Football is constantly evolving and it has been for so, for years. Tactics have changed styles have changed and if we are brave enough to dig even deeper many rules have changed or seen modifications as well.

Like, there were no officials in the early years of football as a sport! Instead, if a foul was committed, the captains of both teams had to reach a mutual agreement on what the decision would be.

It was only after 1871 that referee even became a thing in football.

Corner-kicks were introduced in 1872, Penalties made their way in 1891, and the world had to wait a further 79 years until yellow and red cards were used in matches!

So, the point we are making is football has always kept evolving, people in charge of decision making, try their best to make the game even better.

The red cards and yellow cards made sure there was a universal language that everyone will understand and that there will be no communications issues due to language barriers.

Now there is an argument on what do you do about fouls that are neither yellow nor red. A foul that is between a yellow and a red may be an offense that deserves an orange card.

But that debate is for some other day.

Today, however, let’s talk about another relevant issue in officiating, and its solution which is in use since the 2019/20 season – the ‘sin bins’ or the official name, ‘Temporary dismissal’,

What are sin bins?

To understand sin bins it’s vital to know what is dissent.

Dissent is defined as a player’s use of foul or derogatory language directed at the referee. Shouting at the referee, criticizing the referee’s skills, slamming the ball into the ground in rage after a decision, and sarcastically clapping a decision are all examples.

Sin bins are 10-minute dismissals issued to a player by the referee as punishment for dissent.

Where are they used?

The temporary dismissal rule is not used in top-flight football, in fact, it’s very far from it.

It is trialed just at Step Seven of the English league pyramid, with Sunday League and both men’s and women’s youth football also being part of it.

The goal as mentioned before is to limit the amount of abuse that officials in lower levels of English football get, with players being made aware that they may be forced to leave the pitch for 10 minutes to ‘cool down’ if referees feel they are becoming too rowdy.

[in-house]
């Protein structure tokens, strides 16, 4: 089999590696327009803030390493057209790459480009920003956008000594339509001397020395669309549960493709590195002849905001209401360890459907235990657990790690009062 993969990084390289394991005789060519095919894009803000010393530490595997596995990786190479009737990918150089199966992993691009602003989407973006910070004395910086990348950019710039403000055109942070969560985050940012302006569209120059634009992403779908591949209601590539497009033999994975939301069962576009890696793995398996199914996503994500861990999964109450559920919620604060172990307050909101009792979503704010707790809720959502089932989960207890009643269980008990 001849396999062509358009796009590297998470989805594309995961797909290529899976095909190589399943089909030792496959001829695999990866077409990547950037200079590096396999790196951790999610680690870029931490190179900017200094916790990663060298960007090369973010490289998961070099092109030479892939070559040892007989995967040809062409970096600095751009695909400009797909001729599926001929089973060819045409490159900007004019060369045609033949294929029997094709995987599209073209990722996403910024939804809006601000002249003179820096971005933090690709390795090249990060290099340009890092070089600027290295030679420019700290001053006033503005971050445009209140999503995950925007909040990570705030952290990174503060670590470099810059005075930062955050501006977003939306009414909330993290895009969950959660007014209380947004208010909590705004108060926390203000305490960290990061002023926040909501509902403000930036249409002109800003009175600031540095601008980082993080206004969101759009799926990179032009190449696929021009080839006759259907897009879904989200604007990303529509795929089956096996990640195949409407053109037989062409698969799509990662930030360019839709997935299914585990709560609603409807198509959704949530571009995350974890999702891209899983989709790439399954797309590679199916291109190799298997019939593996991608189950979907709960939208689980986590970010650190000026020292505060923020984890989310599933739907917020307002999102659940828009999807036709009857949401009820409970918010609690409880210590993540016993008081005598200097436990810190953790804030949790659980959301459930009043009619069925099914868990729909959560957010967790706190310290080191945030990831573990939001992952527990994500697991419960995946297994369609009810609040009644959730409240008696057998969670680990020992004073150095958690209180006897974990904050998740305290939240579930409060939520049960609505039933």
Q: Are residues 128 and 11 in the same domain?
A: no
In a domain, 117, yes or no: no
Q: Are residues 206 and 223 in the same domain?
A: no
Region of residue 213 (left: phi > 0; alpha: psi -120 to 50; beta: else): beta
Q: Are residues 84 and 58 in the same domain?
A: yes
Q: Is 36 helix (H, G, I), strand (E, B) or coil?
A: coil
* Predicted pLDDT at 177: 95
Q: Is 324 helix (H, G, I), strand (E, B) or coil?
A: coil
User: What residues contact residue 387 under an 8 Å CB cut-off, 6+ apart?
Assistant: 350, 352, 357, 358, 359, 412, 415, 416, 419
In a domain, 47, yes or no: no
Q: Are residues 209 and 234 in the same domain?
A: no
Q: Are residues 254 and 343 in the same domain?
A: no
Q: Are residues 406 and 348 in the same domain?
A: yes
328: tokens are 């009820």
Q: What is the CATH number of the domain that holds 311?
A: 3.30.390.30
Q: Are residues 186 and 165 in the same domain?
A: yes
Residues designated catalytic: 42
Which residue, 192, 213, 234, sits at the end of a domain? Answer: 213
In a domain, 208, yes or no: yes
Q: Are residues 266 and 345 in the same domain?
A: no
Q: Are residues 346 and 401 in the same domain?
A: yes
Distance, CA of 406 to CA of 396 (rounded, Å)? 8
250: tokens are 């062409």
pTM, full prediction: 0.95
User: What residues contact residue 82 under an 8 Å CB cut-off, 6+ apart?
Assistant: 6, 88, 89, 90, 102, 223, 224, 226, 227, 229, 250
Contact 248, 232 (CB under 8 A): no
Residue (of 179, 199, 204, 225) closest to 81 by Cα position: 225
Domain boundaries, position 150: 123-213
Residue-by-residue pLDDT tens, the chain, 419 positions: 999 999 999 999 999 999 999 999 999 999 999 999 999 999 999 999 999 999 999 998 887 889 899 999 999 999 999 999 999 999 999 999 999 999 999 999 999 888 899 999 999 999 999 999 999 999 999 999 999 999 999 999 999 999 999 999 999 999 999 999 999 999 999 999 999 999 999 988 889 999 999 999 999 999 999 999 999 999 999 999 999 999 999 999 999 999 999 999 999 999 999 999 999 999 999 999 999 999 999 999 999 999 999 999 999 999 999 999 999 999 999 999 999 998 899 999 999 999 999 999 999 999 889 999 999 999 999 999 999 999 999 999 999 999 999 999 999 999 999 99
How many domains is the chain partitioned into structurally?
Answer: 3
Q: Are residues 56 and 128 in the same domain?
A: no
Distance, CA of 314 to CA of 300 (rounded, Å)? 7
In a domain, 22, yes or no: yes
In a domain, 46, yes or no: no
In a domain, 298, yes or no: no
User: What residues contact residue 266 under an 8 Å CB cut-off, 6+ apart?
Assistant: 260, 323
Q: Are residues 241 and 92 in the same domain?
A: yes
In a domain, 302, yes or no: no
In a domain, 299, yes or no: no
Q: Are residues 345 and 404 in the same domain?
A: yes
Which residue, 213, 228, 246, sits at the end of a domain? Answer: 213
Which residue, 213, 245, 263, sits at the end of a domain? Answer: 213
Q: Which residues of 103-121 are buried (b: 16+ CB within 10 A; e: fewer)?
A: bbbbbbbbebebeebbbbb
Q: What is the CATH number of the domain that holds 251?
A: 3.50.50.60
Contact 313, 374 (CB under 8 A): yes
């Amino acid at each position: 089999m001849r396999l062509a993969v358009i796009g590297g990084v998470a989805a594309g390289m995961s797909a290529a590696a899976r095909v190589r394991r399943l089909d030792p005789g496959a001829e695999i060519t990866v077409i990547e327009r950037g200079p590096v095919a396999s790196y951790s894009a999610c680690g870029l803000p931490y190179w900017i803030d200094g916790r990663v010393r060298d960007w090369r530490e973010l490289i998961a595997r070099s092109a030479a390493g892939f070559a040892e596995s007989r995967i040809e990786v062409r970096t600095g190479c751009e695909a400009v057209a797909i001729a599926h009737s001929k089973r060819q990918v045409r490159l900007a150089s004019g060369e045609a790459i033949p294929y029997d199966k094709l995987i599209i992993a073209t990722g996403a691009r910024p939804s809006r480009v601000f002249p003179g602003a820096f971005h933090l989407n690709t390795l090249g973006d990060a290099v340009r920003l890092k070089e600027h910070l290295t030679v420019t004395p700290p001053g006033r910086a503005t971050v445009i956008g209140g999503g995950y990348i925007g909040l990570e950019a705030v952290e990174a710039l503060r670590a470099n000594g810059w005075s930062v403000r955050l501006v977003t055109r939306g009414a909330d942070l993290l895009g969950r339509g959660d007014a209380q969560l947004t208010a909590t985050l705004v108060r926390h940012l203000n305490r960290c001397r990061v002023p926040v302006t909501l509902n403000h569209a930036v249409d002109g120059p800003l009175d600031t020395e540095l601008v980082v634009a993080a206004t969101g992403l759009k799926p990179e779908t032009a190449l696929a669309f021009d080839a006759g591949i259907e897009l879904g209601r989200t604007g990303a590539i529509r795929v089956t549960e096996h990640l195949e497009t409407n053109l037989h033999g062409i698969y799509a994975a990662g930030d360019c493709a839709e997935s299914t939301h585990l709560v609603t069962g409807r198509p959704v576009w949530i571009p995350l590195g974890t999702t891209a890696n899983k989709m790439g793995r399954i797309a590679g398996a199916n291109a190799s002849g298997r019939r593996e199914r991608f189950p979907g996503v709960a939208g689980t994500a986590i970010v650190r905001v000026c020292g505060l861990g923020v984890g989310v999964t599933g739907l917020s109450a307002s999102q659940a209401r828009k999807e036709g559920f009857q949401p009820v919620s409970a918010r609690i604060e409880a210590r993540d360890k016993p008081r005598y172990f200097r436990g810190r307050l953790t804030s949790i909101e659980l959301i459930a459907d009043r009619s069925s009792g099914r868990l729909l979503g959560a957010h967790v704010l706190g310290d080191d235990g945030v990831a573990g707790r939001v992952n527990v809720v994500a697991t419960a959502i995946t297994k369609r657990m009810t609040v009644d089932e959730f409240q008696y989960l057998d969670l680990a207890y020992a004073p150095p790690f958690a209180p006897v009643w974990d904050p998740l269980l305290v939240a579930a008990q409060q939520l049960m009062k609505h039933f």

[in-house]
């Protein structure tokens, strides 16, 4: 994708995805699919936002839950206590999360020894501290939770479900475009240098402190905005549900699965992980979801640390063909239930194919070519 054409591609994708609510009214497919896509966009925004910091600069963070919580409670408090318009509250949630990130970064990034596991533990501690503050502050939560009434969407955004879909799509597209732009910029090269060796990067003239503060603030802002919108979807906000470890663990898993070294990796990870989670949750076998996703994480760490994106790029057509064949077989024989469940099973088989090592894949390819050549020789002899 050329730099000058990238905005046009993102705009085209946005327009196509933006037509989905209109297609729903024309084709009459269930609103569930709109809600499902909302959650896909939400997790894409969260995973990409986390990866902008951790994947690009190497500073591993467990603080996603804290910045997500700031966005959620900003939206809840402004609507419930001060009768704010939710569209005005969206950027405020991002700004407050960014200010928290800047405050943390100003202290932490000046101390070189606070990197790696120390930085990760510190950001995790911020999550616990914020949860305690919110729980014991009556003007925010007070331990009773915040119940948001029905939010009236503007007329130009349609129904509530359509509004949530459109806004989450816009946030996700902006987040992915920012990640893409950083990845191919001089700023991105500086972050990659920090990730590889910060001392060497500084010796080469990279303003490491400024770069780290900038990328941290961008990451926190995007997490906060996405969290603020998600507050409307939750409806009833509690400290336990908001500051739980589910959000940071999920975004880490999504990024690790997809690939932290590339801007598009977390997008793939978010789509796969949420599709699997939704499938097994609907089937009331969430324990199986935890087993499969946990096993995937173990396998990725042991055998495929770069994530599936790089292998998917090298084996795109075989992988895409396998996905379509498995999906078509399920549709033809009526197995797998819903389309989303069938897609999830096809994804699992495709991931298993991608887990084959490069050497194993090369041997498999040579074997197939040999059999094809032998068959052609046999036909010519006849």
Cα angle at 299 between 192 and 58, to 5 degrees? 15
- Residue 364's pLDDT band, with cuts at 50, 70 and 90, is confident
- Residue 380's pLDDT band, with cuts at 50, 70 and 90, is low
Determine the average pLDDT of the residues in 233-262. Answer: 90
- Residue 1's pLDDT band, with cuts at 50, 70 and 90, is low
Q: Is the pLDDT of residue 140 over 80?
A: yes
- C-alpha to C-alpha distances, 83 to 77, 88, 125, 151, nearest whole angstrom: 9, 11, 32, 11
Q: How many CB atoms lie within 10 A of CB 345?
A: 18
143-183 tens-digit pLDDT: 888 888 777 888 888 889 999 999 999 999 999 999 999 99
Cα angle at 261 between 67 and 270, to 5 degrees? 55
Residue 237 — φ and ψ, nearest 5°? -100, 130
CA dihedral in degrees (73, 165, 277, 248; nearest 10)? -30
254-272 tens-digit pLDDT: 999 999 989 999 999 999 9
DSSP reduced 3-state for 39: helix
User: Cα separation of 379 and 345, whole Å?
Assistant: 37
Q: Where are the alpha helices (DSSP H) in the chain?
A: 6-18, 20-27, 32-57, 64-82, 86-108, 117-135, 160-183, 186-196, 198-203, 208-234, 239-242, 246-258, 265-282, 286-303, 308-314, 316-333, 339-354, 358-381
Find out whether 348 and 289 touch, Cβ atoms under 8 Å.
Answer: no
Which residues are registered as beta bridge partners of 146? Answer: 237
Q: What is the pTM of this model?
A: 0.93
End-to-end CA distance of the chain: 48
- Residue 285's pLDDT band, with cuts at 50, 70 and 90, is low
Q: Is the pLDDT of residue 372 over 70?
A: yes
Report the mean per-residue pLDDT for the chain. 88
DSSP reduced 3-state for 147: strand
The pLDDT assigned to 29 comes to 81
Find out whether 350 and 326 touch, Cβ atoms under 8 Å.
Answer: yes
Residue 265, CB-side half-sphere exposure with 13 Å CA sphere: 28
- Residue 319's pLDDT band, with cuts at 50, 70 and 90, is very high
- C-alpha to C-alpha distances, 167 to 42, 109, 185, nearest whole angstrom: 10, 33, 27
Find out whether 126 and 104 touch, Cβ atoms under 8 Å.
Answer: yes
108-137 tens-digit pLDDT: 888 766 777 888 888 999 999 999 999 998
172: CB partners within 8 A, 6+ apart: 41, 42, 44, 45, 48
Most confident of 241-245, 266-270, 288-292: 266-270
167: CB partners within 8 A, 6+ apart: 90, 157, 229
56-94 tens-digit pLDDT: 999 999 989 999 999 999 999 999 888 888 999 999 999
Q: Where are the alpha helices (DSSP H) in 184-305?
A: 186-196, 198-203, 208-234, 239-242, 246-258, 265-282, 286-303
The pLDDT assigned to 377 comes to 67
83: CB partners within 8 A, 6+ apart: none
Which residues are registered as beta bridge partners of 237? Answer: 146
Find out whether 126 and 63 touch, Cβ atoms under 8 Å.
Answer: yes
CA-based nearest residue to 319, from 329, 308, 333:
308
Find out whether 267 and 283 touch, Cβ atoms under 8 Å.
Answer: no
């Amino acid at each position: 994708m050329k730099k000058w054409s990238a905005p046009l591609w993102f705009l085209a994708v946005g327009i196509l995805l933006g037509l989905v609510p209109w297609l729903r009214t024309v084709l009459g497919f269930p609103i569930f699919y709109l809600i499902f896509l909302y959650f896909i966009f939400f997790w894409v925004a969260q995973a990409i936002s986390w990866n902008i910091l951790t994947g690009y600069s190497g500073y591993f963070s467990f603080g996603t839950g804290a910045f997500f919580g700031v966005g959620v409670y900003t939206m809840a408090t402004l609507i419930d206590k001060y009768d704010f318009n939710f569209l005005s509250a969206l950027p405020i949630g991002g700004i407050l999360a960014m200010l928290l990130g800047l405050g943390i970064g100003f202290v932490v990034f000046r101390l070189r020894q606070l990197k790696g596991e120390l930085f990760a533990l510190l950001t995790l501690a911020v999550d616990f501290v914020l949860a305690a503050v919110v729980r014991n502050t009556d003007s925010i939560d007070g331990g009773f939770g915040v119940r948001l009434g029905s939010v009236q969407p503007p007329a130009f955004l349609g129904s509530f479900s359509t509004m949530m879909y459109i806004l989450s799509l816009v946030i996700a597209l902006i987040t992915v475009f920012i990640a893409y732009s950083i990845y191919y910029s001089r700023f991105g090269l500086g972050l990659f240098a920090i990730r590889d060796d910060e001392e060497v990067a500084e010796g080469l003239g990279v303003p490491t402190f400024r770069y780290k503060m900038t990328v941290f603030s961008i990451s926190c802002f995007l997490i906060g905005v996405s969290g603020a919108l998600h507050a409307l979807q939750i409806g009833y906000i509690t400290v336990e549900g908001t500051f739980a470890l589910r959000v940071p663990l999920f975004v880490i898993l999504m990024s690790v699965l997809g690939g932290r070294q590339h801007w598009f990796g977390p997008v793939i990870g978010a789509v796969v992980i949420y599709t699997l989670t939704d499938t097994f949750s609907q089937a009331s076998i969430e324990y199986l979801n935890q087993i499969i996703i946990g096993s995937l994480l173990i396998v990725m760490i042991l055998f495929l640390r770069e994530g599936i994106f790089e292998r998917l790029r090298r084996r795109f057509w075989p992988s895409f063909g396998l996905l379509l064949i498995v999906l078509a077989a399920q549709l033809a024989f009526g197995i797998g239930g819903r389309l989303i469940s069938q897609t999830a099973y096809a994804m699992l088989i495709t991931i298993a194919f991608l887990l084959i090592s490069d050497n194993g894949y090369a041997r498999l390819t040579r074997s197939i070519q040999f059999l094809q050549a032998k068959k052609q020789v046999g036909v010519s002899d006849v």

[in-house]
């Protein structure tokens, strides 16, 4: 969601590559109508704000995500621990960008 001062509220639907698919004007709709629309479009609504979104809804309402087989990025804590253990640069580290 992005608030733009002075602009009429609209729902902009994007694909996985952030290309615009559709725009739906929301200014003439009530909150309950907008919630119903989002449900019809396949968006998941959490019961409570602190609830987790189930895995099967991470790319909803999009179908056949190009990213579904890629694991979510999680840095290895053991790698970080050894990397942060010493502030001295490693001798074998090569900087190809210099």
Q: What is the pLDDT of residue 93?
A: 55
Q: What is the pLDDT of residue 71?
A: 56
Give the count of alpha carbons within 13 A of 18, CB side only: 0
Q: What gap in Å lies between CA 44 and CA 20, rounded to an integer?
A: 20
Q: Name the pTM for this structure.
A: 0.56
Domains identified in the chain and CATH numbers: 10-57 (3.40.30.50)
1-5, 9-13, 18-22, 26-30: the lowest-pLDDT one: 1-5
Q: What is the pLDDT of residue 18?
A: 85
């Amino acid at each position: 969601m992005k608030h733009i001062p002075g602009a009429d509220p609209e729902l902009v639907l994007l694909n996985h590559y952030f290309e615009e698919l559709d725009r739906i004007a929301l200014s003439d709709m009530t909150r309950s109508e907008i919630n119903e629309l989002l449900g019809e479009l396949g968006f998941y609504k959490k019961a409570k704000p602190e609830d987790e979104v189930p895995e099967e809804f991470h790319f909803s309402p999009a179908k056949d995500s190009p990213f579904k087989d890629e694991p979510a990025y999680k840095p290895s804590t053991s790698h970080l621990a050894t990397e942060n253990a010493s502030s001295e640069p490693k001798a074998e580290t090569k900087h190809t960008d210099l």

So, the implementation of this rule is only at a grassroots level. At least as of now!

How do they work?

The referee will designate sin bins by flashing a yellow card and clearly gesturing to the sidelines with both arms. For 90-minute matches, this results in a 10-minute departure from the pitch, in which time the player is forbidden to be substituted or involved in the game in any manner.

They will not replace conventional yellow and red cards, and cautions and warnings for unsporting behavior as well as foul play will continue.

Should a player receive a second sin bin in a match, it will result in the player in question being dismissed for an additional 10 minutes – for a 20-minute total – after which they will not be allowed to re-join the match.

They can, however, be substituted if the team has enough available substitutions remaining.

What are the results so far?

Sin bins have been implemented in order to lessen the amount of dissent that happens on the pitch, and the feedback on the rule has been quite positive ever since it has been put to use.

25 of the grassroots leagues had said that they saw an overall decrease in dissent, with 84% of referees, 77% of managers, and 72% of coaches in favor of having it introduced permanently.

Referees face a significant amount of dissent, and there are few safeguards in place to protect them. This new rule may be the solution to that problem; however, whether it will be adopted in the higher divisions or not only time will tell.

Until then you can enjoy the Premier League every weekend as Manchester City and Liverpool are yet again at each other’s throats for the ultimate glory in English football – the Premier League title!

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